Effectiveness of sensor-augmented pump therapy in children and adolescents with type 1 diabetes in the STAR 3 study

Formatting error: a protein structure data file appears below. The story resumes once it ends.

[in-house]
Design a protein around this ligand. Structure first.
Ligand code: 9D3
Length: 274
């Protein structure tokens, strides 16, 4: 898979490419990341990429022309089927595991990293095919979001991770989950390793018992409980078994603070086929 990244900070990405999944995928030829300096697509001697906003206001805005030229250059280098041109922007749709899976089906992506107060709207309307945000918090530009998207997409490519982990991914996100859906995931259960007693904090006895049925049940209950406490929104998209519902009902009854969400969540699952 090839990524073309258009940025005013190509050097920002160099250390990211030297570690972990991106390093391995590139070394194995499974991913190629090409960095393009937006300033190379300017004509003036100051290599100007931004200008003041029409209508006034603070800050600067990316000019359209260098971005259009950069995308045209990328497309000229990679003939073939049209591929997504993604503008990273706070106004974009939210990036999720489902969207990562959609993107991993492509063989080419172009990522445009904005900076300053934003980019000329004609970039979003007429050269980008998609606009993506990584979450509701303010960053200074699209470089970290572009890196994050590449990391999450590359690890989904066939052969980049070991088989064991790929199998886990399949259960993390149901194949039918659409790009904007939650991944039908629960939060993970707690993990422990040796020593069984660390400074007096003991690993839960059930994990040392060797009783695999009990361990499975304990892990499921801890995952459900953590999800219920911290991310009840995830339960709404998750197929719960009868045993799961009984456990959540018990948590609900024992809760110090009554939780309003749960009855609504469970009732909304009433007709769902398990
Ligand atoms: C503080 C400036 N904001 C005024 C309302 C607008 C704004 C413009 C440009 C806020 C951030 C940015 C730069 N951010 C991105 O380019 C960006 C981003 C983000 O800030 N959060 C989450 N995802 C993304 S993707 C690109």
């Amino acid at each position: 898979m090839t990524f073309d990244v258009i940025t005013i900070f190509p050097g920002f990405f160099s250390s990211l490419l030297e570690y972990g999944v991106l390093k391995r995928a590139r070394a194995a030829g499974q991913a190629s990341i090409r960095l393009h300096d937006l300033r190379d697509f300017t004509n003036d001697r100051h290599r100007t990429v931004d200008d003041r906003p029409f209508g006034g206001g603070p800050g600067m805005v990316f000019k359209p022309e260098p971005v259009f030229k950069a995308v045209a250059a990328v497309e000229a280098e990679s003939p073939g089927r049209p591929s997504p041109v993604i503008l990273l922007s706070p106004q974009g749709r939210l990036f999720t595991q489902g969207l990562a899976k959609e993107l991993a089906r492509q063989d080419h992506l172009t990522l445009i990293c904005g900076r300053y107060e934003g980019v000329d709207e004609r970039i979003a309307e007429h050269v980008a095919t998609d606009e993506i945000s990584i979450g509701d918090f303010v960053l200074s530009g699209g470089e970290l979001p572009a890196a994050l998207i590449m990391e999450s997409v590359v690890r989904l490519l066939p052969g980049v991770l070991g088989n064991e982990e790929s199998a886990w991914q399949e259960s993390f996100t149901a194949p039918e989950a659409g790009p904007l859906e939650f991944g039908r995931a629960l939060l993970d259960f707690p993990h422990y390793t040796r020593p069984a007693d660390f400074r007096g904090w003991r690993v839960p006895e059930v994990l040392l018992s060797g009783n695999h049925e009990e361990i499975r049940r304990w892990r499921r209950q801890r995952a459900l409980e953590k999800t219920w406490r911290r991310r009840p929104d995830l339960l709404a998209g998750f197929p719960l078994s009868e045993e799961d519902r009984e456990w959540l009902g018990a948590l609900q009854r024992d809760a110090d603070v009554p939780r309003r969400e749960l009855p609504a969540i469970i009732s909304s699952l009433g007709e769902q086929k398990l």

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OBJECTIVE: Maintenance of appropriate A1C values and minimization of hyperglycemic excursions are difficult for many pediatric patients with type 1 diabetes. Continuous glucose monitoring (CGM) sensor-augmented pump (SAP) therapy is an alternative to multiple daily injection (MDI) therapy in this population. RESEARCH DESIGN AND METHODS: Sensor-augmented pump therapy for A1C reduction (STAR 3) was a 1-yr trial that included 82 children (aged 7-12) and 74 adolescents (aged 13-18) with A1C values ranging from 7.4 to 9.5% who were randomized to either SAP or MDI therapy. Quarterly A1C values were obtained from all subjects. CGM studies were carried out at baseline, 6 months, and 12 months to quantify glycemic excursions [calculated as area under the glucose concentration-time curve (AUC)] and variability. In the SAP group, sensor compliance was recorded. RESULTS: Baseline A1C values were similar in subjects randomized to the SAP (8.26 +/- 0.55%) and MDI groups (8.30 +/- 0.53%). All subsequent A1C values showed significant (p < 0.05) treatment group differences favoring SAP therapy. Compared with the MDI group, subjects in the SAP group were more likely to meet age-specific A1C targets and had lower AUC values for hyperglycemia with no increased risk of hypoglycemia. Glucose variability improved in the SAP group compared to the MDI group. Children wore CGM sensors more often and were more likely to reach age-specific A1C targets than adolescents. CONCLUSIONS: SAP therapy allows both children and adolescents with marginally or inadequately controlled type 1 diabetes to reduce A1C values, hyperglycemic excursions, and glycemic variability in a rapid, sustainable, and safe manner.
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